A concerned citizen has made a complaint to Alberta Occupational Health and Safety in response to a senior man tumbling down some stairs during a city council meeting.
Former city councillor Bob Russell made the complaint Wednesday, saying it is hazardous accessing the podium area in council chambers where residents go to speak to council.
“We’re getting an older population; they’re still involved, they still care, and they’d like to come down and speak to council,” he said.
Last month, one of city council’s meetings was interrupted after resident Mike Killick fell down the stairs leading to the public podium area and had to be transported by ambulance to the Sturgeon Hospital.
Killick said clearly the set-up is dangerous, and could be hazardous to anybody, let alone a senior citizen or someone who has mobility issues.
“It must be fixed,” he said. “It’s a safety concern that must be fixed, if (only) so it just prevents anything similar that happened to me from happening to anybody else.”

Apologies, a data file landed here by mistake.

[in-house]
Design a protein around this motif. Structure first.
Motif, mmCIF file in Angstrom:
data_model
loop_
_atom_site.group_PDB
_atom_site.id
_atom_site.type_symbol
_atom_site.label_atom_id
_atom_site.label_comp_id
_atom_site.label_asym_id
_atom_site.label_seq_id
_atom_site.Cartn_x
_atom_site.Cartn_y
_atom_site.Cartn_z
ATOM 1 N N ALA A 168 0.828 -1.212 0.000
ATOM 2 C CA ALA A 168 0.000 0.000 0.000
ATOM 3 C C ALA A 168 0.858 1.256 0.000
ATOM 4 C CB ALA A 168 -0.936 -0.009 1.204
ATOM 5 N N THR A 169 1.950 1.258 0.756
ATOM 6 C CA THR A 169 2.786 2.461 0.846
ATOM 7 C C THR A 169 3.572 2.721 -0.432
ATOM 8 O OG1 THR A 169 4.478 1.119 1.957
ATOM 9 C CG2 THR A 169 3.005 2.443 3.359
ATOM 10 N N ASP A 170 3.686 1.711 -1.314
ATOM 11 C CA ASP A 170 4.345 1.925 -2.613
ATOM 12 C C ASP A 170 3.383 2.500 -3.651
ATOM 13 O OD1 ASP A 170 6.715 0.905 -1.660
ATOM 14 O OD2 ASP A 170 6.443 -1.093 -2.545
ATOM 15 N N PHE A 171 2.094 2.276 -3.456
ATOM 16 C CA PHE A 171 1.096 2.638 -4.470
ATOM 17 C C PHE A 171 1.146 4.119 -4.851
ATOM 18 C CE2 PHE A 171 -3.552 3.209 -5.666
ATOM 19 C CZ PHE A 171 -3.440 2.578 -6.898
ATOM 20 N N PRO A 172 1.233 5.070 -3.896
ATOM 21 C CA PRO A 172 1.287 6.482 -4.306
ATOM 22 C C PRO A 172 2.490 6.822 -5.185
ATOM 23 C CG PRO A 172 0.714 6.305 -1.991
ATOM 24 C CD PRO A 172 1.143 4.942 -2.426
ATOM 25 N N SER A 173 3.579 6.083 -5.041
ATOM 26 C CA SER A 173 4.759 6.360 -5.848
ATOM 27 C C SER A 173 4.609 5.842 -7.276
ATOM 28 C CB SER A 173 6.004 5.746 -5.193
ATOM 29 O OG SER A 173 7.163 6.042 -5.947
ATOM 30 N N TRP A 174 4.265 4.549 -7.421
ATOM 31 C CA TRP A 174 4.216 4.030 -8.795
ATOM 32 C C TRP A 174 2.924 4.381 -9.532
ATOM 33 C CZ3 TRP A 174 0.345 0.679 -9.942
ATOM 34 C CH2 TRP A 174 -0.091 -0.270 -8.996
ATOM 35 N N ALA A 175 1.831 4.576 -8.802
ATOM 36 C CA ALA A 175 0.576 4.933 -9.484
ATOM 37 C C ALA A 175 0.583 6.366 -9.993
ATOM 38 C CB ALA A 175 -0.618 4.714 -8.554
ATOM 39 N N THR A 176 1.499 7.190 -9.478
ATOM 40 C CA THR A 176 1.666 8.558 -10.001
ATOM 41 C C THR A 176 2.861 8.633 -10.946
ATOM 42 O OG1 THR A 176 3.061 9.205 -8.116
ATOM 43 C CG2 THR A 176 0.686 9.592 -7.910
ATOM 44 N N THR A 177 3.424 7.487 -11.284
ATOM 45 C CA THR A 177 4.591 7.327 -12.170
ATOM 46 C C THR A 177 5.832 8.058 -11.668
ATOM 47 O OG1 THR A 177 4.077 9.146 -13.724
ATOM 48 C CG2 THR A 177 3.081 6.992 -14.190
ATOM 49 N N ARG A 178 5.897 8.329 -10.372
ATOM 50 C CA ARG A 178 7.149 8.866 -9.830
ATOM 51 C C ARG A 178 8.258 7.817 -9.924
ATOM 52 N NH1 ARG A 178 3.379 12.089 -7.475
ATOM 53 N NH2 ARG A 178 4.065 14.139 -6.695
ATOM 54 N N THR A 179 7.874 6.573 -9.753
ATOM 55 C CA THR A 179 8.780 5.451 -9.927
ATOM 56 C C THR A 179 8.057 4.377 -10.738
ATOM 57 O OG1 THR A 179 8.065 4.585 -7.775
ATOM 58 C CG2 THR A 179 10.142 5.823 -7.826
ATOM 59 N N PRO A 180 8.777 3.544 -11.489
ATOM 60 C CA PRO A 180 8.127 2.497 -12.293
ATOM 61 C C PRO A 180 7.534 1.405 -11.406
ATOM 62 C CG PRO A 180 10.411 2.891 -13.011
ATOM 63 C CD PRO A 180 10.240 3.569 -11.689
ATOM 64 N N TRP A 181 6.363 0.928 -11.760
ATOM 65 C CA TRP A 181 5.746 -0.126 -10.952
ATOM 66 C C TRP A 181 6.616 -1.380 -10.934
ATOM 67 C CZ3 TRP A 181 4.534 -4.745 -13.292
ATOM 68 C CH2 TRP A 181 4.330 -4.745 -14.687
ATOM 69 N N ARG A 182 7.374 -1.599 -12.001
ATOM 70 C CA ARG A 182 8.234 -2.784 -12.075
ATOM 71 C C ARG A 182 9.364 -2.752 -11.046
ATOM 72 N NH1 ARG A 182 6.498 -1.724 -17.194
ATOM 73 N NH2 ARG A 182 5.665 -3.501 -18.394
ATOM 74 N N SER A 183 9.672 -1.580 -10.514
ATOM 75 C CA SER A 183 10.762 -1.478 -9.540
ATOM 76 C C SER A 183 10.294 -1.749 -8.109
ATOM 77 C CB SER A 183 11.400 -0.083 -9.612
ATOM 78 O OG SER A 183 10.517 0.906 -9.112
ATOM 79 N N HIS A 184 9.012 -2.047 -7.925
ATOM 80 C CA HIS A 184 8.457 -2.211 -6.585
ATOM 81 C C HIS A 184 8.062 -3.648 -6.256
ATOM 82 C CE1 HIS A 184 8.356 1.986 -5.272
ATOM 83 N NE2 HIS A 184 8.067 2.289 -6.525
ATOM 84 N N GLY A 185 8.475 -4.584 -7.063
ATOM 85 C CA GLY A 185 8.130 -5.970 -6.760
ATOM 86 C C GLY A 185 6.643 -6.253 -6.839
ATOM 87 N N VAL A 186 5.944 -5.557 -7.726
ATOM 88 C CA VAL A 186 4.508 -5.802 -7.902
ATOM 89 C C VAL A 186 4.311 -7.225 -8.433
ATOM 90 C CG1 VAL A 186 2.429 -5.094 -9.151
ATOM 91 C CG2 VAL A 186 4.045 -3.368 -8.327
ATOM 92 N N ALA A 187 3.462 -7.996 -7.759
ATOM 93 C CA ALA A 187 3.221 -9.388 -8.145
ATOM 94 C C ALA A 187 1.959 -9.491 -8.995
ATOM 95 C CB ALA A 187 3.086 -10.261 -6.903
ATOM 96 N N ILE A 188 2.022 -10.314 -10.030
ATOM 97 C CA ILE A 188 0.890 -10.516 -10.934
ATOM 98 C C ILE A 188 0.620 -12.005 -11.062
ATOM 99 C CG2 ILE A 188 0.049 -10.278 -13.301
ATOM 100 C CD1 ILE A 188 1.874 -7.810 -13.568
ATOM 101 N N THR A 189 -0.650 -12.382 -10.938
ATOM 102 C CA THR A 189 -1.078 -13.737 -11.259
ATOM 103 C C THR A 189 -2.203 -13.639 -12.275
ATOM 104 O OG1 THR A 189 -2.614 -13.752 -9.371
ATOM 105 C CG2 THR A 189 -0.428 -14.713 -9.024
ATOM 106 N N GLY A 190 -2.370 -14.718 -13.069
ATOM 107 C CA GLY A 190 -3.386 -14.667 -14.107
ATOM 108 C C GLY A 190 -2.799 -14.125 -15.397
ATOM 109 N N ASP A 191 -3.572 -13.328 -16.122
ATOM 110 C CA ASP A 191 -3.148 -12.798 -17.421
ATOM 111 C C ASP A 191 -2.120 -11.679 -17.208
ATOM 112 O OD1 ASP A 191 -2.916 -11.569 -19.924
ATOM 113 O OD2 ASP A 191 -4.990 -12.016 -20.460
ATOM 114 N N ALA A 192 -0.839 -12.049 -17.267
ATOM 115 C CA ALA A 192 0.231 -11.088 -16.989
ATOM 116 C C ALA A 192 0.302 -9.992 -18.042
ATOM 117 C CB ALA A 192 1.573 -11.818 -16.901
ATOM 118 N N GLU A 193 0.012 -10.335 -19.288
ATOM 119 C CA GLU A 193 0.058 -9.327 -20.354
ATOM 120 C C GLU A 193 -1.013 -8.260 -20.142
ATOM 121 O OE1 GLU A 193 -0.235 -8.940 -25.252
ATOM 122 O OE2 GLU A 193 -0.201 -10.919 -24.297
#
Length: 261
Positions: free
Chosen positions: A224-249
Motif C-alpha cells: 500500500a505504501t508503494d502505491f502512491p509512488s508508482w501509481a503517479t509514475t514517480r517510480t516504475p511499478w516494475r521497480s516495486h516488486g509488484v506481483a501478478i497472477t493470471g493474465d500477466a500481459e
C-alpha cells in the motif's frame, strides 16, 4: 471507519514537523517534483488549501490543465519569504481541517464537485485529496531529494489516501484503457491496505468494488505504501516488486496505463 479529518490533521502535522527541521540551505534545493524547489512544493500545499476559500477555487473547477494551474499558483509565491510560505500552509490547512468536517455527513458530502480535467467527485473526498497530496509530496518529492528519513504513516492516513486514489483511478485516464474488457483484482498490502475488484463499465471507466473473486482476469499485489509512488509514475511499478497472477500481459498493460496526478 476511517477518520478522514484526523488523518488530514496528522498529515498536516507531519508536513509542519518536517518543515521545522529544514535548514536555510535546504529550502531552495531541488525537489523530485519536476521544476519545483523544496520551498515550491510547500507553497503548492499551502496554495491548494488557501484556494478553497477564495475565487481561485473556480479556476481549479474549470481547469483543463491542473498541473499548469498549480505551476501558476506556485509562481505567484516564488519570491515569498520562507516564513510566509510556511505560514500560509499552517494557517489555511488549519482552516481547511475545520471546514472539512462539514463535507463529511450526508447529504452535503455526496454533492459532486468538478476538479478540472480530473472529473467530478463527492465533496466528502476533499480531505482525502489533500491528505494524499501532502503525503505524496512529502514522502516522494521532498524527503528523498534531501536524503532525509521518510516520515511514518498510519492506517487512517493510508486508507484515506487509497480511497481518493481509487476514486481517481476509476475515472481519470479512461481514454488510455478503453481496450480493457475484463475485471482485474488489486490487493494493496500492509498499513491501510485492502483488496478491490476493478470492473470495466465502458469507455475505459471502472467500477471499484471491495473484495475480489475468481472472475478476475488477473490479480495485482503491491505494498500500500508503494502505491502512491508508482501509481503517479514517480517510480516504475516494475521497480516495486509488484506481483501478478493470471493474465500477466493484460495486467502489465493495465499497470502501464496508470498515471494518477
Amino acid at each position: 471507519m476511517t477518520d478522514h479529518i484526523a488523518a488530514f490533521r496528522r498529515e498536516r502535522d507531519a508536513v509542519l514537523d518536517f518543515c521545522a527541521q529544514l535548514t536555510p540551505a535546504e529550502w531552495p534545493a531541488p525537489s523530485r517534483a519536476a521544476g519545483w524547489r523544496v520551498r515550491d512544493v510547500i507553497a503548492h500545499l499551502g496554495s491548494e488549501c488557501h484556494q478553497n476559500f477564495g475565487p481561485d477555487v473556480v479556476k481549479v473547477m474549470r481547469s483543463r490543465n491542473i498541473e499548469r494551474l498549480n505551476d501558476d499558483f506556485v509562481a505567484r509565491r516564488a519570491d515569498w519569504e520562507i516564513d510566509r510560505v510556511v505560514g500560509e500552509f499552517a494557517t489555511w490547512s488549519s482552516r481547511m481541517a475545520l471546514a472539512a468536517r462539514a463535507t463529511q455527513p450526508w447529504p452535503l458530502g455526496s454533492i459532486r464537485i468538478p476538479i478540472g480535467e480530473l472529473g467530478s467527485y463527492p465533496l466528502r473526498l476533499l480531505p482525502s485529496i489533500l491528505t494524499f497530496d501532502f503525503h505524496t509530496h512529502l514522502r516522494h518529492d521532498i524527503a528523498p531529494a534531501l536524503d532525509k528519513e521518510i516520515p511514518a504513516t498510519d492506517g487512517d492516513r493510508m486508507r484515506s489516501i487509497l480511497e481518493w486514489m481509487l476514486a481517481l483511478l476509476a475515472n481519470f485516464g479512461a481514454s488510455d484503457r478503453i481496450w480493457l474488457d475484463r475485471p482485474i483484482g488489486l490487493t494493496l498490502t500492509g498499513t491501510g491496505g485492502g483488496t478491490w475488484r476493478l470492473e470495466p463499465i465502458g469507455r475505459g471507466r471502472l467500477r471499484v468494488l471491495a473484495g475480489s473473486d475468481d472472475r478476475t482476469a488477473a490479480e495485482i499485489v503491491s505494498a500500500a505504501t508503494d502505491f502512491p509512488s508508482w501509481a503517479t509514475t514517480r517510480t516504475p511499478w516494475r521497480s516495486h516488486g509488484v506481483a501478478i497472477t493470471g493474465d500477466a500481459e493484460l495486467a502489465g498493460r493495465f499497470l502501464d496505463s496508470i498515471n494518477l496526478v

Killick tumbled down the short flight of steps before bumping his head against a brick barrier in front of the public podium. Aside from bumping his head, he suffered no lasting injuries.
When asked if the city has any plans to address the situation, St. Albert communications adviser Marci Ng said the city “appreciates the situation” and is reviewing the accessibility of council chambers.
St. Albert has completed accessibility upgrades in council chambers, including making room for two wheelchairs with a glass guard in front. However, there are no ramps leading to the public podium area.
Ng said because St. Albert Place is a designated a Municipal Historic Resource, any alterations to the building must be approved by the Heritage Advisory Committee.
Russell said he hopes Alberta Occupational Health and Safety will complete an inspection of the facility and come up with recommendations.
He added the situation is preventing some folks who want to approach city council from doing so.
“You’re really prohibiting people that want to be involved from being involved. It’s their right to be able to do this with comfort and not be concerned about their ... safety,” Russell said.